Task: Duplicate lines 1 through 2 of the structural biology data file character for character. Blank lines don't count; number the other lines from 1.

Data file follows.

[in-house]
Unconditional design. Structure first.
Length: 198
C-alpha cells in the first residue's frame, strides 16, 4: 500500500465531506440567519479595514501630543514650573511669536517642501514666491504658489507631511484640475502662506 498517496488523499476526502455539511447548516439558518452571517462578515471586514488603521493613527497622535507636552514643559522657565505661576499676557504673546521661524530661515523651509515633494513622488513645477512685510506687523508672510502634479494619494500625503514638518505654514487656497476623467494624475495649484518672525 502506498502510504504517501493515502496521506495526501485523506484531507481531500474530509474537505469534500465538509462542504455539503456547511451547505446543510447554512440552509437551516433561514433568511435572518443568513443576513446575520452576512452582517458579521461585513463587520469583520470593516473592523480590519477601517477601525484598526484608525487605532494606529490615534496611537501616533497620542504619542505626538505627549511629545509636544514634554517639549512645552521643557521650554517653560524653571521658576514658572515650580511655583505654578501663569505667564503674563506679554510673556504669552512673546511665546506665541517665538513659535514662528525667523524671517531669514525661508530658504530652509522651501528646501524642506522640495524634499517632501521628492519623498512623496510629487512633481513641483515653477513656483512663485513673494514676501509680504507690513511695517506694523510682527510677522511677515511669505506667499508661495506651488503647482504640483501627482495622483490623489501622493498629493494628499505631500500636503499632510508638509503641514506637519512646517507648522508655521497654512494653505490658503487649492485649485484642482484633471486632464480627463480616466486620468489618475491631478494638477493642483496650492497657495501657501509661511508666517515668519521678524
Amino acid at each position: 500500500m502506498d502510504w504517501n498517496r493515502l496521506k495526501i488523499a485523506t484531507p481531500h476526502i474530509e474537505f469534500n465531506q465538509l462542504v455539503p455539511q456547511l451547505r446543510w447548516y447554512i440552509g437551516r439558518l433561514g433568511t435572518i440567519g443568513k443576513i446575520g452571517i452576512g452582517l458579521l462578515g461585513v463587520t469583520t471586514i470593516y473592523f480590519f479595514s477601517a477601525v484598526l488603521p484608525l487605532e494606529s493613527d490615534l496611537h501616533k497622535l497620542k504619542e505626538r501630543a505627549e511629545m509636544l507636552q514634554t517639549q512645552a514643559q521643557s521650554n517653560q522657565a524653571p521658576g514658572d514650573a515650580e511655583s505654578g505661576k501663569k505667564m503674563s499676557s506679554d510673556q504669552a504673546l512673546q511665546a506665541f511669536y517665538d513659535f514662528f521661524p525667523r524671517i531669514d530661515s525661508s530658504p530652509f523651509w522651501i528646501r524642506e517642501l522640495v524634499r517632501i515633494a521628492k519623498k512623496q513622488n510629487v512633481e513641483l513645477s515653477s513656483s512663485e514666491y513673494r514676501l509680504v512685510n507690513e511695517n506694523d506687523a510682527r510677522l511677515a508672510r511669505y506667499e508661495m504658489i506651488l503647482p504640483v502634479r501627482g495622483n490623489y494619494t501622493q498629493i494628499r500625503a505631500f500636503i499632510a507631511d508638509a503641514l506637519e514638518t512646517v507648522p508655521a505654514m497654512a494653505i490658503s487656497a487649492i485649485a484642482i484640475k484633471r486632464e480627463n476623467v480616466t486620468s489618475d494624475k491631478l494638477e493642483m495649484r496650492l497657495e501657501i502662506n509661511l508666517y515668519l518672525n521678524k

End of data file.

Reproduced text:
[in-house]
Unconditional design. Structure first.